The decision places France in a more interesting place. As noted elsewhere on the site, Charles De Gaulle is getting older, and previously co-operation had been built on the idea of jointly providing CTOL carriers working in a more co-operative manner. The French will now have to consider not only how they source a future carrier, but more importantly work out in the medium term what will fly from it? At some point soon work will need to begin to identify Rafales successor. It seems fair to suggest that no country, not even the USA, could afford the costs of building a national carrier strike aircraft alone. The decision today means that the French will need to consider in the medium term how their carrier force is going to work. Already the French are a part time carrier navy, and this availability is only going to get worse as CDG gets older. The loss of a UK CTOL platform is going to place huge pressure on the French defence budget to source a new hull, and successor aircraft in a similar time frame to when the SSBN replacement is likely to be due. There will be difficult decisions ahead for Paris.
How damaging is this really?
No politician likes to make a U-turn, and this has doubtless been embarrassing for Ministers to make this announcement – particularly when they are returning to a policy of the previous Government that they had criticised. Some will argue that the UK would still be a carrier going nation had they kept to that policy. But a reality check is needed here.
Even if the SDSR 2010 had not adopted CTOL, this author’s strictly personal view is that the UK would not currently be operating Harrier. Ultimately the SDSR was about not only reviewing UK national strategy, but seeking to reduce a very large budget overspend. In order to make the savings required in 2010, it was clear that an aircraft fleet would have to leave service. Had the Tornado GR4 been taken out of service, then Harriers would not be merrily flying today from ARK ROYAL.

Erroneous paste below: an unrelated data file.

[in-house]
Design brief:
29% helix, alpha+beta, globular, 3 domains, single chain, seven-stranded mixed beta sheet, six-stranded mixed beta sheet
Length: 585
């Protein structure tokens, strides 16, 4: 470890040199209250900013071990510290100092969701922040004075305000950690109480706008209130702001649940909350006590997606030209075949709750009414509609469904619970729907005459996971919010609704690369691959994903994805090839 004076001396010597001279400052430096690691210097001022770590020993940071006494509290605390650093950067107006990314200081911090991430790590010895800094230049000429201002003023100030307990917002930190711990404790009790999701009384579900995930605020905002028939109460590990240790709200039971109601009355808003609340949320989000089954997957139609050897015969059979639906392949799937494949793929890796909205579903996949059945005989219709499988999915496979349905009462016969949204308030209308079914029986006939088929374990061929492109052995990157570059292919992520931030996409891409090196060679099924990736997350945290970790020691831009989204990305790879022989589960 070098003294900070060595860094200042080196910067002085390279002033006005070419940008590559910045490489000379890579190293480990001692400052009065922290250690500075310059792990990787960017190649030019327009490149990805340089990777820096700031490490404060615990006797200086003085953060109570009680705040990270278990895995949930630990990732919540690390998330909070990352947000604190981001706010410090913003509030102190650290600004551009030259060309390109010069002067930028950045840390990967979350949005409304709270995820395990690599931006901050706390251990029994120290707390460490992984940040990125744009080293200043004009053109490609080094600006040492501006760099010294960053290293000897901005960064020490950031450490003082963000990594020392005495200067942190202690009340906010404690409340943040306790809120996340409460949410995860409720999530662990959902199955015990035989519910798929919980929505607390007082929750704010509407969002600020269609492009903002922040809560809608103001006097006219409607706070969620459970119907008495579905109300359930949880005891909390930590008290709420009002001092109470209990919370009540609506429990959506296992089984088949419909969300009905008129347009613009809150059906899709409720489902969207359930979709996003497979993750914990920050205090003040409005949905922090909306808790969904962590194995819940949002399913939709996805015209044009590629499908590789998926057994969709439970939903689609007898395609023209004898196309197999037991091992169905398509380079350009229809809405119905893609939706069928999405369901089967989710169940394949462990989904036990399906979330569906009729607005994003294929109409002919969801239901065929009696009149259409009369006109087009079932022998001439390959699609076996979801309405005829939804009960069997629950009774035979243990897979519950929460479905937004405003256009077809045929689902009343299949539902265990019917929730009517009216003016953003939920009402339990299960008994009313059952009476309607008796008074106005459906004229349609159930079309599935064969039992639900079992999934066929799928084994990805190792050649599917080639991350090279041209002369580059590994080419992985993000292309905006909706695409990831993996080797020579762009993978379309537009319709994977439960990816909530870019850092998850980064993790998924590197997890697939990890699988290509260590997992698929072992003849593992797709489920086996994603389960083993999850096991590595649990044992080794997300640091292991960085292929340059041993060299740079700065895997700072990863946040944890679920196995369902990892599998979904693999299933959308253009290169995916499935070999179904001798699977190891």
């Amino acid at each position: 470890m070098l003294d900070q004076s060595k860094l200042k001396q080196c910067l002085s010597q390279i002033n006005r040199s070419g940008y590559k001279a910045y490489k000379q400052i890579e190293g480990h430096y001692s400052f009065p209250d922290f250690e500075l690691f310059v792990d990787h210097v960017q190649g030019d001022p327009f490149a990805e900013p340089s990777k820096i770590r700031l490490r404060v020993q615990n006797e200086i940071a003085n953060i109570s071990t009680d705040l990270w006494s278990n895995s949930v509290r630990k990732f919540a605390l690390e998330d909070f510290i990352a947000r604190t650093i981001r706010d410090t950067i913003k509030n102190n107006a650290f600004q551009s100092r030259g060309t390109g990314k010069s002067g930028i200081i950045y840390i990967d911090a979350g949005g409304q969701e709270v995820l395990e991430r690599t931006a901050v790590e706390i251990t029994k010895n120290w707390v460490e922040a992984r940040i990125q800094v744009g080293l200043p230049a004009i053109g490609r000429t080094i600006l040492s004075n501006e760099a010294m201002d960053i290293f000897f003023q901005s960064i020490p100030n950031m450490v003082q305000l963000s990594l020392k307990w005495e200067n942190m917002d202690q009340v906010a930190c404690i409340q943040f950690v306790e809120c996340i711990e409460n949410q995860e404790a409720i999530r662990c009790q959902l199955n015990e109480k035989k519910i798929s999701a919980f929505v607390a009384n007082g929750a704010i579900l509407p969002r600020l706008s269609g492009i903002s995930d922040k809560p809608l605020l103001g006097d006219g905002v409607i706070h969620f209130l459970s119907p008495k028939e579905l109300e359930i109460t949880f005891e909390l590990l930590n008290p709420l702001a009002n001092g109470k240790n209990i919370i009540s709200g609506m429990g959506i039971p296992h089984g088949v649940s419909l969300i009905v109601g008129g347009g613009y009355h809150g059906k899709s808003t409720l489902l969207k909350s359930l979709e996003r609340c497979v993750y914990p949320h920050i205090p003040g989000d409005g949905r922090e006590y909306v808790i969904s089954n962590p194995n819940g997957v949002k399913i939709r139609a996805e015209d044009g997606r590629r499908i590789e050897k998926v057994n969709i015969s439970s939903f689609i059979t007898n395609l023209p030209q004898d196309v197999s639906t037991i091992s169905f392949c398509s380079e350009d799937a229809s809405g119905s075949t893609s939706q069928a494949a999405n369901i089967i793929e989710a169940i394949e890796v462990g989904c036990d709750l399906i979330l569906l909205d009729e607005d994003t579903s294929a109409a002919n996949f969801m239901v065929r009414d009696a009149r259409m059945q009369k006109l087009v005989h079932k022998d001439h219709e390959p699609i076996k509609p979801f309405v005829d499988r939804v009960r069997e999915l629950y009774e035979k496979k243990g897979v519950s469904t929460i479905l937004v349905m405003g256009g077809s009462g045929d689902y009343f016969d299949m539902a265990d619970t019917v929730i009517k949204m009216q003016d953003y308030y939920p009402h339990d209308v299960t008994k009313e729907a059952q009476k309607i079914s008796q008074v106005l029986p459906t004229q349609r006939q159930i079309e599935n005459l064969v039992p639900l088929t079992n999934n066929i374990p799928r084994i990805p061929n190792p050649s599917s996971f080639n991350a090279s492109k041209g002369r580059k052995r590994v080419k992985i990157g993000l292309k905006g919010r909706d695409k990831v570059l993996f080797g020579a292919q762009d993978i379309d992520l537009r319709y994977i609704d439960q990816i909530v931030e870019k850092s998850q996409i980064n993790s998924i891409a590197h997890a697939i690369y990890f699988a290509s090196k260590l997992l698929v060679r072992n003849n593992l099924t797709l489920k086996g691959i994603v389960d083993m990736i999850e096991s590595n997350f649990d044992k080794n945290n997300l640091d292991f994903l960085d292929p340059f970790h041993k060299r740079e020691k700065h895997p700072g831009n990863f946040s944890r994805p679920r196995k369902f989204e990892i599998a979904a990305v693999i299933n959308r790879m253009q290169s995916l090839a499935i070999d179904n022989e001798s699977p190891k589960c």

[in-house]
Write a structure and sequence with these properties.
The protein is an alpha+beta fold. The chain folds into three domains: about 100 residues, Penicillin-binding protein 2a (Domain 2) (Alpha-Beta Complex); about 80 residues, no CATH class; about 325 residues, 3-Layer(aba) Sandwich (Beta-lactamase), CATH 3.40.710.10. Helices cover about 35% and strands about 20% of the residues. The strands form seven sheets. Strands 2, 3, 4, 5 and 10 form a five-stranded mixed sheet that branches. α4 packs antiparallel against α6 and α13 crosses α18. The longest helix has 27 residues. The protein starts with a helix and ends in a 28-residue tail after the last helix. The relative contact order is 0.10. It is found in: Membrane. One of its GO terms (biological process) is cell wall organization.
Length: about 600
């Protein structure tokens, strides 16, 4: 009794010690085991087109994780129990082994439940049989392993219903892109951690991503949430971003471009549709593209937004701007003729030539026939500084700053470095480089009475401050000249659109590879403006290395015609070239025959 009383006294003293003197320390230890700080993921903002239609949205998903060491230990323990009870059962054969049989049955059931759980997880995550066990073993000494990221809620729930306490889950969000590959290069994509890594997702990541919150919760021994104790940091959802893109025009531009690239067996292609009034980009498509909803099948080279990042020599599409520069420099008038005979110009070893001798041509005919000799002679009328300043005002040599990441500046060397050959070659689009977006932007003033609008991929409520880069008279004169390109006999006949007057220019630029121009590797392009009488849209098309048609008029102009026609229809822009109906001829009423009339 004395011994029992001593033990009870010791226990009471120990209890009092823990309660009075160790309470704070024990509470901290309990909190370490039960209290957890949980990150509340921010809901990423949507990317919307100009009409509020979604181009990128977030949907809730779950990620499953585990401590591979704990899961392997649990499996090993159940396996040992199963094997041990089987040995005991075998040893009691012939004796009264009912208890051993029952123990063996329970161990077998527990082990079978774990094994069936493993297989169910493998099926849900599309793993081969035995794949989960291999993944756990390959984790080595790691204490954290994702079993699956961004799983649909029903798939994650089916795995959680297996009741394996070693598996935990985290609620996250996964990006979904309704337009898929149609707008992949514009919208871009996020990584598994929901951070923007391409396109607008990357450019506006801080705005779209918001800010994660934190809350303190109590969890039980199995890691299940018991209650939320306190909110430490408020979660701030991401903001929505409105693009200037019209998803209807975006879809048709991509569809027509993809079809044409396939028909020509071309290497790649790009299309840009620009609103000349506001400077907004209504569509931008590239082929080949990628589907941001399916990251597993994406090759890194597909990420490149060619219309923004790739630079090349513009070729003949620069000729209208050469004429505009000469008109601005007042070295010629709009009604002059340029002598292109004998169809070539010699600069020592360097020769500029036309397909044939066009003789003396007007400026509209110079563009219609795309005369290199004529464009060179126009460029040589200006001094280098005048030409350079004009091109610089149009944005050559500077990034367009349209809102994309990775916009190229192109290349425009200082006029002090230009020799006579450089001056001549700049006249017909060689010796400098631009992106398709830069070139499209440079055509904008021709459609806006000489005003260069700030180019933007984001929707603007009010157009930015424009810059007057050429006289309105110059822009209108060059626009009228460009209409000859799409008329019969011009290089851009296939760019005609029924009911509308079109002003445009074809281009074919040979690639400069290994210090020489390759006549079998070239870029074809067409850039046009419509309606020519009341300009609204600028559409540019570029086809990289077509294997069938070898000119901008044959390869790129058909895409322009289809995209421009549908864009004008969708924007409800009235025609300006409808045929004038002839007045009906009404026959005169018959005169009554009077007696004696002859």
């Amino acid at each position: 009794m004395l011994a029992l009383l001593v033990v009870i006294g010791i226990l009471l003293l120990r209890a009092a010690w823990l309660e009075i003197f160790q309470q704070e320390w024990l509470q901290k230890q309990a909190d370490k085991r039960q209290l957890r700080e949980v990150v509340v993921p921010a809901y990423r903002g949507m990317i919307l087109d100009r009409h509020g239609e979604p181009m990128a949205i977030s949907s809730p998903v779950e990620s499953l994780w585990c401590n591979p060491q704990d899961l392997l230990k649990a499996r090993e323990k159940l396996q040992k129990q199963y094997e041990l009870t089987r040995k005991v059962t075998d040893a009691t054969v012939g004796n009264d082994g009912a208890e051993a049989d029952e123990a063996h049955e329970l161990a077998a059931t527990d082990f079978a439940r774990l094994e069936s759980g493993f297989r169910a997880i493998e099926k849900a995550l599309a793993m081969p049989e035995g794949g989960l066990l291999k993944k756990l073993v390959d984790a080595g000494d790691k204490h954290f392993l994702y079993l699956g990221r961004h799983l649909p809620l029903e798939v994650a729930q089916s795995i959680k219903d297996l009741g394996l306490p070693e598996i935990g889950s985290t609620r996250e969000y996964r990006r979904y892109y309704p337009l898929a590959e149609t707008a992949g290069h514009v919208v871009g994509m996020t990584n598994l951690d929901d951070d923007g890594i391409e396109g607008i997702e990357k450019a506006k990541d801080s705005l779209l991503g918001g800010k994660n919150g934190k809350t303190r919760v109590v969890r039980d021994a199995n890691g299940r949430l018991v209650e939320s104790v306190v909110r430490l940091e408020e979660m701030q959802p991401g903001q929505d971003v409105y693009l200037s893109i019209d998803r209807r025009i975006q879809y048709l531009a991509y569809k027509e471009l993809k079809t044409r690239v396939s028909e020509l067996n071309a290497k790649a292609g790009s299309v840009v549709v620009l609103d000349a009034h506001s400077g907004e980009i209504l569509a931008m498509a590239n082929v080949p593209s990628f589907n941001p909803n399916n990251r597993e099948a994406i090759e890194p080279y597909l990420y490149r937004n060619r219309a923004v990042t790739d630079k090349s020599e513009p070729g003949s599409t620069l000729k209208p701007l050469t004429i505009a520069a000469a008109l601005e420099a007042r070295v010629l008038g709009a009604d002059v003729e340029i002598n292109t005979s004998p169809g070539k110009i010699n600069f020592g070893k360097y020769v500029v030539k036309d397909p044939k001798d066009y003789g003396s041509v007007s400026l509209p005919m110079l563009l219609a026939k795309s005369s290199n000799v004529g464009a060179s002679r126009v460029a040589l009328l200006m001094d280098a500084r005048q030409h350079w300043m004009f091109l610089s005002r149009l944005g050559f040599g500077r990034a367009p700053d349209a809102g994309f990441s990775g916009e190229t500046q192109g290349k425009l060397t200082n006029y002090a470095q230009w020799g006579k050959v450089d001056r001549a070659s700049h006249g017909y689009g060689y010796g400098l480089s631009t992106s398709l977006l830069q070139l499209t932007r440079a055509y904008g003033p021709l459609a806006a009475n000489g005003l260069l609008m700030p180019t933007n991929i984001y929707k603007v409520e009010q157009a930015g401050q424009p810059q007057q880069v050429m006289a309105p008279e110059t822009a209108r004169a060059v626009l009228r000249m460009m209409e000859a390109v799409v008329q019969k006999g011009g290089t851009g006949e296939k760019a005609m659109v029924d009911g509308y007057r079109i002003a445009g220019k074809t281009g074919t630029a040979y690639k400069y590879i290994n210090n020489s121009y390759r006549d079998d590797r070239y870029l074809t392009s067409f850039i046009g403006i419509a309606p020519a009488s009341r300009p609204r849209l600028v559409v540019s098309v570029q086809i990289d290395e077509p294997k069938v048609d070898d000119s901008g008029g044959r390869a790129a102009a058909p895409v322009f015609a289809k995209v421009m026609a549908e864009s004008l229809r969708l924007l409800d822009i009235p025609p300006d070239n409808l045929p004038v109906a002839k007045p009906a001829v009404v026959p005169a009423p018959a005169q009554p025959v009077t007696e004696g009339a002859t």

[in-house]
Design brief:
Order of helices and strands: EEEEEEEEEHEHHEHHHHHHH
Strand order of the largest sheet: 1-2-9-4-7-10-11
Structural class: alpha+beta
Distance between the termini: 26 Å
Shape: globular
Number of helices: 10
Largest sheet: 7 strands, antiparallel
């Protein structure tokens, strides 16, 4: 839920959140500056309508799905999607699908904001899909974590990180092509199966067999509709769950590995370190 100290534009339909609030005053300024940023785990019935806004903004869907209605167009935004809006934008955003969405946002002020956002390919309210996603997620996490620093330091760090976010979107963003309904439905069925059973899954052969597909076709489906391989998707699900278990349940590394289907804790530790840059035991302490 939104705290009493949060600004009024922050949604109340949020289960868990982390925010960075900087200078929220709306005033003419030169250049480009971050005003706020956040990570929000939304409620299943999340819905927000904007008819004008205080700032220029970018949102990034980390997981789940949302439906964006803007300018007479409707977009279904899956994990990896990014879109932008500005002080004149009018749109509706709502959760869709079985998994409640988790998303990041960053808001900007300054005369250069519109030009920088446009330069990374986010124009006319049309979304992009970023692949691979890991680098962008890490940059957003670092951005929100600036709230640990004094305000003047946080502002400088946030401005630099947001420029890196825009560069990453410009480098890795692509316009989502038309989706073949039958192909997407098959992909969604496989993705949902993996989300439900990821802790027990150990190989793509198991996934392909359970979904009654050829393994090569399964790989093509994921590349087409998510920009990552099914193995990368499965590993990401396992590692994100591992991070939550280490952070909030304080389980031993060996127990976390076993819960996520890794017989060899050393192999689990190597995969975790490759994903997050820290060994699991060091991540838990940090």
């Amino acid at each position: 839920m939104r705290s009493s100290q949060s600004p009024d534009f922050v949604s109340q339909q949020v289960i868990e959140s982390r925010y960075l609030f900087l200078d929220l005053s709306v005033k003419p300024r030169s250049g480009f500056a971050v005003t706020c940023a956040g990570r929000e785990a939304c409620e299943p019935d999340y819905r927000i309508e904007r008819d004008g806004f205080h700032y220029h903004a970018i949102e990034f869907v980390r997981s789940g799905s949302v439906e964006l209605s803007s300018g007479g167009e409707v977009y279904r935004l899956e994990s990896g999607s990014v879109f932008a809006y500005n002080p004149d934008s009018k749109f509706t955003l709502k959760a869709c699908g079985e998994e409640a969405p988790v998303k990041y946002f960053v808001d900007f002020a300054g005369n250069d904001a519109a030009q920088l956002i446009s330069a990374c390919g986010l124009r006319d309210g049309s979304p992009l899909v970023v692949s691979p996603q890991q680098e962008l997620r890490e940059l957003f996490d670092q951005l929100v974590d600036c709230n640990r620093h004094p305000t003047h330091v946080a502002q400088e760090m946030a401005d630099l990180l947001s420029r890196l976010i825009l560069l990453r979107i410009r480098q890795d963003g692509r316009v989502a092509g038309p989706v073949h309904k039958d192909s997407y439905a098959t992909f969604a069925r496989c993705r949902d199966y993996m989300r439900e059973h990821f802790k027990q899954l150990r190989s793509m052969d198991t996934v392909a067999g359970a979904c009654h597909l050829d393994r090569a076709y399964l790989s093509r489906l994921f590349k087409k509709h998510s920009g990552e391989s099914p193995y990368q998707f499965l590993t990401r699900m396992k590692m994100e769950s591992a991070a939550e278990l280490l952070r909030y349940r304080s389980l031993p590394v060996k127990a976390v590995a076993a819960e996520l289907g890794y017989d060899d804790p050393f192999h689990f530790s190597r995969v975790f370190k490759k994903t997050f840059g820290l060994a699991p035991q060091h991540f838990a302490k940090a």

Instead the Harrier fleet would have had to be redeployed to Op HERRICK, and right now the much denuded force of barely 70 airframes would be trying to maintain 12 airframes in Kandahar – which in reality would have wiped out the force for effective tasking elsewhere. The Harrier fleet would be almost certainly committed to HERRICK, and the UK would not have been able to do OP ELLAMY with anywhere near as much success, as there would have been no Tornado, and no spare Harriers to go to Libya.
It is fair to say that at best the UK may have managed a very occasional training deployment, but in reality the Harrier force would have been so heavily tasked, that it would not have had much spare capacity.
Looking back with hindsight, it becomes clear that SDSR was always going to be forced to temporarily end UK carrier based airpower. This author believes that the decision to go back to STOVL has probably saved it for the long term. It was the right decision, and while it will be argued for decades to come, it is this author’s view that it was the right thing to do.